Monday, August 07, 2006

Language/Culture/Expleditives

it's interesting what you can tell about a culture by looking at its language.

in english, for example, we are very interested in discussion. it's an often confrontational language, and it's one in which people like to ask a lot of questions.

japanese, on the other hand, seems to be a rather agreeable language-one in which people strive to find consensus, rather than conflict. in other words, it's not a culture that promotes the asking of a lot of questions.

this is evident in things like greetings.

in japanese, friendly greetings don't involve questions, but rather statements. "good day" or "good evening", for example.

in english, on the other hand, friends are greeted with a casual question:

-how are you?

-what's up?

-what's new?

or as my manager has taken to greeting me after a particularly ill thought out impromptu lesson (courtesy of my new coworker).

-how's it hanging?

this would normally be no problem, as that phrase has lost most of its original filthy connotation, but then she breaks out into her expected answer:

"long and strong?"

or sometimes "off to the left?"


i don't know what will happen with TWO dirty teachers at the school... but i'm getting a pretty good idea.


this brings me to the most interesting area of language/culture interaction-at least as i see it.

swearing / cursing.


the things that a culture uses for expletives are always very interesting to me. they show a lot about the things that a culture is uncomfortable with.

french canadians reference religion with their cursing. "tabernaque" is about the worst word- its a reference to the place where the eucharist is stored in church: in english, it's called a "tabernacle". (for anyone unfamiliar, the eucharist or "host" is that little white circle of bread that christians eat at church).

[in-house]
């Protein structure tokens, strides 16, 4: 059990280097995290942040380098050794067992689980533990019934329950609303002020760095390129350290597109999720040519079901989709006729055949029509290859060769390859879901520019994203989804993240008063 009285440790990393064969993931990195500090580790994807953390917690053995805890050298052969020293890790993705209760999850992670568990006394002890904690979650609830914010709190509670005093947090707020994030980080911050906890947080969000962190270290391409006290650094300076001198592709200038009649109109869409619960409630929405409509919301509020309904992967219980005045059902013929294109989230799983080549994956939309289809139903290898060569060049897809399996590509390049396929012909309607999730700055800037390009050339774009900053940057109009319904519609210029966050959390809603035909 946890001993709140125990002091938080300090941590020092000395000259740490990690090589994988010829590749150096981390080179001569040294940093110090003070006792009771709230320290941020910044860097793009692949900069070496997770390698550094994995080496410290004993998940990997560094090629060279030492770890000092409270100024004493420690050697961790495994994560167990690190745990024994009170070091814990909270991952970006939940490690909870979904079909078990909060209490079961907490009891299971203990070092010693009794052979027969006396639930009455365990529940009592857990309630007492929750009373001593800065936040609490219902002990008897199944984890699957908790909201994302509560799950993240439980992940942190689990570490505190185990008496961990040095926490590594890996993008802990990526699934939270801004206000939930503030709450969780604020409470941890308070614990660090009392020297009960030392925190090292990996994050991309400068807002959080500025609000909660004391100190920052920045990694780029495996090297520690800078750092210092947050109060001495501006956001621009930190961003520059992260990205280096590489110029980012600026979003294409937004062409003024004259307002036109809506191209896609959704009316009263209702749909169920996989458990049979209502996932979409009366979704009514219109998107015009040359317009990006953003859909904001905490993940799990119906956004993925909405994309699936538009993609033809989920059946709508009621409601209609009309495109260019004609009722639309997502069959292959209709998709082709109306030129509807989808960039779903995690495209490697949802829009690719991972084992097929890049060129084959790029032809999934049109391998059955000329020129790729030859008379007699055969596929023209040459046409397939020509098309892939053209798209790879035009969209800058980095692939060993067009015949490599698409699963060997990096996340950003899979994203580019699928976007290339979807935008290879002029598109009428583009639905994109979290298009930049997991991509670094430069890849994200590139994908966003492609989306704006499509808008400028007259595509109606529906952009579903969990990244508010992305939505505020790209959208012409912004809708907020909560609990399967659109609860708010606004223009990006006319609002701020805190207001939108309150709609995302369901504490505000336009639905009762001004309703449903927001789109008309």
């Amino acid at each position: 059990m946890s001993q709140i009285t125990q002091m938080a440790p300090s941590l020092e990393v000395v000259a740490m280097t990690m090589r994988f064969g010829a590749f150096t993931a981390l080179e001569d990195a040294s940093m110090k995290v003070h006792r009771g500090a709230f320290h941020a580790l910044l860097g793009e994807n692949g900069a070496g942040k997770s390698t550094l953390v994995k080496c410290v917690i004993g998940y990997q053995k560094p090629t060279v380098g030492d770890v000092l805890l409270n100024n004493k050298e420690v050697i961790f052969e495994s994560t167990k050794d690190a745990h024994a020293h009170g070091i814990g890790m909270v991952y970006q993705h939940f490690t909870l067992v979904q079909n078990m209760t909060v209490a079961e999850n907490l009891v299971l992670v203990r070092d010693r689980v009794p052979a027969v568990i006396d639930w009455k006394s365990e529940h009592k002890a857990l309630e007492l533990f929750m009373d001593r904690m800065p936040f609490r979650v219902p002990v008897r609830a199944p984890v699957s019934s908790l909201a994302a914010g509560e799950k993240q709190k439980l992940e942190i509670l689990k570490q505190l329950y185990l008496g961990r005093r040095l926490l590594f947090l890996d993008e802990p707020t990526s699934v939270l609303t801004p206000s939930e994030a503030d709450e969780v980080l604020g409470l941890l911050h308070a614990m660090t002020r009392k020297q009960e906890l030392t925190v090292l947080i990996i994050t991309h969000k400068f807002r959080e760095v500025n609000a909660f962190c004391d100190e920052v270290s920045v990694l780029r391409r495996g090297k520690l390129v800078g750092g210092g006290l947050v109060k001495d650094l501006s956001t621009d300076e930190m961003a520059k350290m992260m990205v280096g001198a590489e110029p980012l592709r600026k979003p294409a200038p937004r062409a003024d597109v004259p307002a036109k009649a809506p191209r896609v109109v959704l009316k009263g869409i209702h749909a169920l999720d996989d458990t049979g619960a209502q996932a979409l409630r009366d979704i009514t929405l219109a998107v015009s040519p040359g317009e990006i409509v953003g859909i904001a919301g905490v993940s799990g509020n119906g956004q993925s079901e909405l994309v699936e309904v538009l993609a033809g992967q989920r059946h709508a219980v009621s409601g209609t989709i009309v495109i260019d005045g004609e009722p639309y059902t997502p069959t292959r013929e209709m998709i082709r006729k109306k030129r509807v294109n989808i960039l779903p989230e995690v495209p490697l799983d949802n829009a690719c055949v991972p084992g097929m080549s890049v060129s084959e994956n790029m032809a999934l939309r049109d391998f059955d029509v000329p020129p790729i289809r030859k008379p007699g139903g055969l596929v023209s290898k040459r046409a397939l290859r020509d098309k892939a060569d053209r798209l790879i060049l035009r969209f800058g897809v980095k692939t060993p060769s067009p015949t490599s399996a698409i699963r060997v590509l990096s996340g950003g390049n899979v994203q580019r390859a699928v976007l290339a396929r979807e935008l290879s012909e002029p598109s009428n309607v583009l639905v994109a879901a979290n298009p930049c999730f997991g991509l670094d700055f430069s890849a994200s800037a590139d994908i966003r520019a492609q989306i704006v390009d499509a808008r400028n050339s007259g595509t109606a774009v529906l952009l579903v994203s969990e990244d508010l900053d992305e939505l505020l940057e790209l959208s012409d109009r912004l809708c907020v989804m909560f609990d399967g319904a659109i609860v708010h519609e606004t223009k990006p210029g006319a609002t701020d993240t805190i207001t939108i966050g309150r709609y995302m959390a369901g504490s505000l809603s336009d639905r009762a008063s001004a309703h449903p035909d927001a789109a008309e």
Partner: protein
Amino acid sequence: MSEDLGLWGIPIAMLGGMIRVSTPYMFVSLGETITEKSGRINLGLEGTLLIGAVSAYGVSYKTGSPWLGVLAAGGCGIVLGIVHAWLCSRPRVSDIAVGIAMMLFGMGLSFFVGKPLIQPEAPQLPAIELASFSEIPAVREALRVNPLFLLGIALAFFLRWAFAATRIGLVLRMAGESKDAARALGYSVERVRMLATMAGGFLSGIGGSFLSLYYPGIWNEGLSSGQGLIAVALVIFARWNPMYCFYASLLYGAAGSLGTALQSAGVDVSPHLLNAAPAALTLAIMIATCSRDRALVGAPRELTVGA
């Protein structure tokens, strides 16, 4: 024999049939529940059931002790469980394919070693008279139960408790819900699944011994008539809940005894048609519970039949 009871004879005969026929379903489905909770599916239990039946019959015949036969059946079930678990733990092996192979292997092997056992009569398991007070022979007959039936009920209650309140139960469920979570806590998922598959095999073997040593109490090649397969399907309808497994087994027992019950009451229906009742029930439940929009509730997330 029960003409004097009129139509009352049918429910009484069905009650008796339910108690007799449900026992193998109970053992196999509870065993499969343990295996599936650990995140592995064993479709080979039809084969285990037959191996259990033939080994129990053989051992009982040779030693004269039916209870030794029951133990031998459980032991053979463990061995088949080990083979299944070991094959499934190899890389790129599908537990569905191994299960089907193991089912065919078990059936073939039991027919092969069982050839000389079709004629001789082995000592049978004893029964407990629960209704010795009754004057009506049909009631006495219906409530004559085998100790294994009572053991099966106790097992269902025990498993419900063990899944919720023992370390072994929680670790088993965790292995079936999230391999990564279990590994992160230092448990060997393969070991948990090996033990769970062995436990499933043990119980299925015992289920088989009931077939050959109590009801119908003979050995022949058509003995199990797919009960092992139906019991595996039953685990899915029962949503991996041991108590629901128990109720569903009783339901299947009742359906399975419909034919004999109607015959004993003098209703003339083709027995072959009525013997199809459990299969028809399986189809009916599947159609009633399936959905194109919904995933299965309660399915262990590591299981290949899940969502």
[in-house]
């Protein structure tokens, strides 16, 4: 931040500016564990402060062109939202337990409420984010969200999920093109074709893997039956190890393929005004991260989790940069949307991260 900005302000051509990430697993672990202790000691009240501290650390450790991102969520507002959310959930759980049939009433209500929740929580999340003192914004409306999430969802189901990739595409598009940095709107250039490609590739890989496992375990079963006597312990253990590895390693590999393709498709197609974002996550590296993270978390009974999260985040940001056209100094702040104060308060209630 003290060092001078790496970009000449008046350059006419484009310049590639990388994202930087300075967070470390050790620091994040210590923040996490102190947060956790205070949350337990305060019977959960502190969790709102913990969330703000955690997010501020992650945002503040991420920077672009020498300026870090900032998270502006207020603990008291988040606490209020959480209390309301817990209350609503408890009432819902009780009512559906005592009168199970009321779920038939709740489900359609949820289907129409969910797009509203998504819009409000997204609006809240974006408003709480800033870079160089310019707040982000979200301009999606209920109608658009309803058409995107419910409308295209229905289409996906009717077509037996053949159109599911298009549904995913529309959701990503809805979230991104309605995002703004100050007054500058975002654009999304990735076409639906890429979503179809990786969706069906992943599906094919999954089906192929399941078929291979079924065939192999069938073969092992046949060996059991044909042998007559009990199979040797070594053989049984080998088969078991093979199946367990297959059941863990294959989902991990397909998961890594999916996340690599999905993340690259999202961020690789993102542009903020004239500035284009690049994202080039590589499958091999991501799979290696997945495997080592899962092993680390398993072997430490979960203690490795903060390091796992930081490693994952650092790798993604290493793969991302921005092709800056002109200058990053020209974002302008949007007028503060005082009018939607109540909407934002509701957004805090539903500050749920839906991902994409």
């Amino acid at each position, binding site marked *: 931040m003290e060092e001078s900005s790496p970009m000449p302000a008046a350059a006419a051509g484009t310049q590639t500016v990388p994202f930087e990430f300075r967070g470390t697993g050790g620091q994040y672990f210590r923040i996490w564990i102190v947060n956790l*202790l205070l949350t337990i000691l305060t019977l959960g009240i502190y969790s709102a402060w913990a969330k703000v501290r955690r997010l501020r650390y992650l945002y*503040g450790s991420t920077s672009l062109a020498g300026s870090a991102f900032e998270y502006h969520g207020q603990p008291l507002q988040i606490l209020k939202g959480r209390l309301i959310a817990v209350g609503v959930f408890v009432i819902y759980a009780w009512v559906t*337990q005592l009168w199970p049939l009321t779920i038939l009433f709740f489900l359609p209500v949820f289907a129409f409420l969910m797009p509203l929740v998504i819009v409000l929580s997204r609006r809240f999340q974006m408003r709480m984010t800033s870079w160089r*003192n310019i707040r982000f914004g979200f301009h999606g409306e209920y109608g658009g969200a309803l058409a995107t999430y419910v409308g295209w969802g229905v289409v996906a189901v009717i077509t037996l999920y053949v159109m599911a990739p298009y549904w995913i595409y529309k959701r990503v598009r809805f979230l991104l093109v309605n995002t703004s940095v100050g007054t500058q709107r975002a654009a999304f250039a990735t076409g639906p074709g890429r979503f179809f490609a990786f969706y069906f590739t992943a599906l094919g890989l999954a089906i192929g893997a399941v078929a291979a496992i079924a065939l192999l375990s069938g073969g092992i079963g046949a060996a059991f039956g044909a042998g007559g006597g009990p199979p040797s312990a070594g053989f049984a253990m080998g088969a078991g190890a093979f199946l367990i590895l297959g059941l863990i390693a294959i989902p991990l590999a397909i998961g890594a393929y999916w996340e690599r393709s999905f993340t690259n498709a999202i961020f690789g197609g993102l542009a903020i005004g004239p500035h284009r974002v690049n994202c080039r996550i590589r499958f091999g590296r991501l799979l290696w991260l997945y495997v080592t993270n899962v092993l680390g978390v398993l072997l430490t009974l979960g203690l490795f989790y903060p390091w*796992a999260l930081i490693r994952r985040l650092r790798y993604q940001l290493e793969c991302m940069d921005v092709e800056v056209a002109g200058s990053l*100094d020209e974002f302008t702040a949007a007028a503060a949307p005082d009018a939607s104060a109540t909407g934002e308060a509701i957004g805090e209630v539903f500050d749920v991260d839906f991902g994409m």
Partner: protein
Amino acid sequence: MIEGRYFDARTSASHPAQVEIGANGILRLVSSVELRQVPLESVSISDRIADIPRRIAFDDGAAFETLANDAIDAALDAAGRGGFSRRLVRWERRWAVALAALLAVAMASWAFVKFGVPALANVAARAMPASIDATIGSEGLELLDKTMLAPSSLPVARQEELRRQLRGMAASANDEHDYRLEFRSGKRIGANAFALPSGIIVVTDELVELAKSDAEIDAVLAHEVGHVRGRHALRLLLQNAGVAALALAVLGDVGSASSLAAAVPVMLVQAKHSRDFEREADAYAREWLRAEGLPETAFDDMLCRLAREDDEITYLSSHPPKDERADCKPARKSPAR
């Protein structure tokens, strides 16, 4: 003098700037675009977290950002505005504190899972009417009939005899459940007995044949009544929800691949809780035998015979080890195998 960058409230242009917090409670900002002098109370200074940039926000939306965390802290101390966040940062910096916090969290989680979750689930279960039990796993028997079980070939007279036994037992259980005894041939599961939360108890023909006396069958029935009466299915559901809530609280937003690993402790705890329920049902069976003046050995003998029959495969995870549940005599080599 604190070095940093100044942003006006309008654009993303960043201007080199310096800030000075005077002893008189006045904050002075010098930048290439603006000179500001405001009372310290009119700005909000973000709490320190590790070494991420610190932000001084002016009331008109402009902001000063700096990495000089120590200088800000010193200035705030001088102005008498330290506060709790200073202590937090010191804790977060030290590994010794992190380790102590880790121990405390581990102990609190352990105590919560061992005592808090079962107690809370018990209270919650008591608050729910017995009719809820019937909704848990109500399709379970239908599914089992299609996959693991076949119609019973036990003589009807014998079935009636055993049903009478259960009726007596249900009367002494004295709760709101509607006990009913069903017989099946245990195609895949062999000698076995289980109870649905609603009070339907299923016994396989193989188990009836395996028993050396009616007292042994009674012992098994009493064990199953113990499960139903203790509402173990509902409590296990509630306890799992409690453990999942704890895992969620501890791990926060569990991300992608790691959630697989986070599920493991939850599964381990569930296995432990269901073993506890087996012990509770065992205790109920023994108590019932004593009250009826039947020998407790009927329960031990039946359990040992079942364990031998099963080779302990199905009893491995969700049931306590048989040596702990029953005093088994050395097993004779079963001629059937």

from what i've learned of japanese, the worst insult translates as "fool". literal stuff (eg "you're just using me for sex" is usable, but only with an explanation.

incidentally, a good friend asked how to say "cockpunch" in japanese. the answer is "ちんちんパンチ" or (chin chin panchi)... but thats literally "penis punch" (or so i was told).


anyway, i really feel that english swearing is far fouler in imagery, and therefore way more effective than any language i know of... though i suspect that russian and german have their strong suits. i would say that maybe i feel this way because its my native language, but this idea has been seconded by some non native speakers.

----

When I'd originally written this post, I'd gone ahead and given some examples of very foul swearing, both in English and in Japanese. On reading it later, however, realized that I can be a very, very dirty person. I know, I know... I'm shocked too. Anyway, I felt that it would be better NOT to post some of the things I came up with while turning my brain over trying to be as dirty as I possibly could. If you've ever hung out with me personally, then you can use your imagination. If you are interested in the original foulness, then by all means, email me and I will forward a collection of terrible phrases and idioms to you. Otherwise, use your imagination.

In lieu of this filthiness, I wanted to point out that English swear-words often cluster around body functions. A great many of them reference sexual acts or various other body-related things. If we stick to my idea that swear-words come from things that a culture is uncomfortable with.... then perhaps the puritan tradition is alive and well in ways that no one ever expected. Just think, the next time you drop an F bomb, you can thank the puritans for helping you express yourself!

Incidentally, everything before the "-----" break in this post was written on my cell phone. (thus, the lack of capital letters)

1 comment:

Merry Man In Japan said...

Juggling Dave asked me the other day what "tabarnacle" meant when used as a curse word.

I guess it's like asking the definition of "fuck", but nowhere near as fun to explain.

tabernacle (TA-BAY-NAK) is just a n exclaimation, much like "Dammit!" or "Frig!" It's not directed at anyone, or used to intensify other words, at least as far as I know.